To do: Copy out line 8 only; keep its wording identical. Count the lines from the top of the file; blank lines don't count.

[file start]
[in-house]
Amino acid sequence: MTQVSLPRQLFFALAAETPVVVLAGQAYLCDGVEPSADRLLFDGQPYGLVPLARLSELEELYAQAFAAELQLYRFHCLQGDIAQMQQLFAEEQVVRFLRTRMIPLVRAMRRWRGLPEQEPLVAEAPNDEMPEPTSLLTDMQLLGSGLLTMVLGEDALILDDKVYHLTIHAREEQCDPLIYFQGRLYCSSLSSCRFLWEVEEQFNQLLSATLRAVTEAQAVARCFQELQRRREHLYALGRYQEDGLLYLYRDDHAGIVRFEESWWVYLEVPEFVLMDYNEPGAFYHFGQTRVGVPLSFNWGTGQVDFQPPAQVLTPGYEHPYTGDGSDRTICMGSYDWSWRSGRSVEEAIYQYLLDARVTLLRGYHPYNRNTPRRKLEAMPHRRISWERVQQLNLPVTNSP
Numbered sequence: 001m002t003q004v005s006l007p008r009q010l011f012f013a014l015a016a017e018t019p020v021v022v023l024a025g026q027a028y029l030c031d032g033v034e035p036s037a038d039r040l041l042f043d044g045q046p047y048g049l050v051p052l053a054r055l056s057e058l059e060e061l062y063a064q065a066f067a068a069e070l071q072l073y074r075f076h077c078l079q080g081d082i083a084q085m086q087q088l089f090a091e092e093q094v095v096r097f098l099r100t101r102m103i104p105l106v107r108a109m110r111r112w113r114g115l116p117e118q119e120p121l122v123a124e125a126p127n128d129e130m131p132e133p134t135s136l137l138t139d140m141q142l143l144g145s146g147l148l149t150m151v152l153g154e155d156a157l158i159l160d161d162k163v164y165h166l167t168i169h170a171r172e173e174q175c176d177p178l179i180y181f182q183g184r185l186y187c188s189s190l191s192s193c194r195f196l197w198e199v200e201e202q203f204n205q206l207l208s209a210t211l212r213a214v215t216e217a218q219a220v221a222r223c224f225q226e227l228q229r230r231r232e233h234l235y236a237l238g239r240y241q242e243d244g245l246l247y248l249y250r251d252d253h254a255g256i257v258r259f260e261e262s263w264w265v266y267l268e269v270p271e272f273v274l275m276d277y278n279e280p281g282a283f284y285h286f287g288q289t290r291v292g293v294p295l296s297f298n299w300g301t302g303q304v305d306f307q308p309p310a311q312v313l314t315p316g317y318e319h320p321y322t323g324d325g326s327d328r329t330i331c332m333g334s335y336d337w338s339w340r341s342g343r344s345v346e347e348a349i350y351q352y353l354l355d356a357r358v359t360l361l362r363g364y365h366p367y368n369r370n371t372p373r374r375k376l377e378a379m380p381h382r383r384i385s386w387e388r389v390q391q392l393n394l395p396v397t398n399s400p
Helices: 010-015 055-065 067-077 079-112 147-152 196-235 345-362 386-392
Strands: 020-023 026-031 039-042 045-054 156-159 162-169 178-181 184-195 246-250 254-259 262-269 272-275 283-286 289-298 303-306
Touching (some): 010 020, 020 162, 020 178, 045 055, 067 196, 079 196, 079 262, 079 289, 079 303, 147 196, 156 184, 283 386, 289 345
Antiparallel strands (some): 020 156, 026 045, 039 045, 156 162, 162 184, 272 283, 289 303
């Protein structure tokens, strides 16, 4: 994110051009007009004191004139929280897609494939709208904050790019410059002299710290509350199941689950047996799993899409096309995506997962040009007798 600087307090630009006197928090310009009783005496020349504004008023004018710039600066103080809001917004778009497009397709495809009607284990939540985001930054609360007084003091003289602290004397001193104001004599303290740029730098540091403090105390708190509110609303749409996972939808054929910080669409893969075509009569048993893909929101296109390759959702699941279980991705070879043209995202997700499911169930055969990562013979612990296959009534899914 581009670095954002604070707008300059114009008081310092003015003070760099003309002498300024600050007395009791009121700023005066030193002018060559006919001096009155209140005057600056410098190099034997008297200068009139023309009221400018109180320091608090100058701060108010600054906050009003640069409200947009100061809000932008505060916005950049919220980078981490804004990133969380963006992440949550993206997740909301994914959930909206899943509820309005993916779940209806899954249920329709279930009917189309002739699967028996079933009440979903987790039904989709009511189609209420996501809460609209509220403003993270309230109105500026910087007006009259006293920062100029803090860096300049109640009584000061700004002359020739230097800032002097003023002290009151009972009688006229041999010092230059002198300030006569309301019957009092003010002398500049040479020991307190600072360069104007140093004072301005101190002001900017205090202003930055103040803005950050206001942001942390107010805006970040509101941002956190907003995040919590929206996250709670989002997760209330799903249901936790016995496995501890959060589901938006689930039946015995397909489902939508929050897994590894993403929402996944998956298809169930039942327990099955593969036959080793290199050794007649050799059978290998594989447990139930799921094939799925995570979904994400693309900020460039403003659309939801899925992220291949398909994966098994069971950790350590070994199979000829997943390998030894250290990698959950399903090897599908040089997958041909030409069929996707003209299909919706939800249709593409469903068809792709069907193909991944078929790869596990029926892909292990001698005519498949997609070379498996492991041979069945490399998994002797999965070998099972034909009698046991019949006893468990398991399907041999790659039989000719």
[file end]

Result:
């Protein structure tokens, strides 16, 4: 994110051009007009004191004139929280897609494939709208904050790019410059002299710290509350199941689950047996799993899409096309995506997962040009007798 600087307090630009006197928090310009009783005496020349504004008023004018710039600066103080809001917004778009497009397709495809009607284990939540985001930054609360007084003091003289602290004397001193104001004599303290740029730098540091403090105390708190509110609303749409996972939808054929910080669409893969075509009569048993893909929101296109390759959702699941279980991705070879043209995202997700499911169930055969990562013979612990296959009534899914 581009670095954002604070707008300059114009008081310092003015003070760099003309002498300024600050007395009791009121700023005066030193002018060559006919001096009155209140005057600056410098190099034997008297200068009139023309009221400018109180320091608090100058701060108010600054906050009003640069409200947009100061809000932008505060916005950049919220980078981490804004990133969380963006992440949550993206997740909301994914959930909206899943509820309005993916779940209806899954249920329709279930009917189309002739699967028996079933009440979903987790039904989709009511189609209420996501809460609209509220403003993270309230109105500026910087007006009259006293920062100029803090860096300049109640009584000061700004002359020739230097800032002097003023002290009151009972009688006229041999010092230059002198300030006569309301019957009092003010002398500049040479020991307190600072360069104007140093004072301005101190002001900017205090202003930055103040803005950050206001942001942390107010805006970040509101941002956190907003995040919590929206996250709670989002997760209330799903249901936790016995496995501890959060589901938006689930039946015995397909489902939508929050897994590894993403929402996944998956298809169930039942327990099955593969036959080793290199050794007649050799059978290998594989447990139930799921094939799925995570979904994400693309900020460039403003659309939801899925992220291949398909994966098994069971950790350590070994199979000829997943390998030894250290990698959950399903090897599908040089997958041909030409069929996707003209299909919706939800249709593409469903068809792709069907193909991944078929790869596990029926892909292990001698005519498949997609070379498996492991041979069945490399998994002797999965070998099972034909009698046991019949006893468990398991399907041999790659039989000719």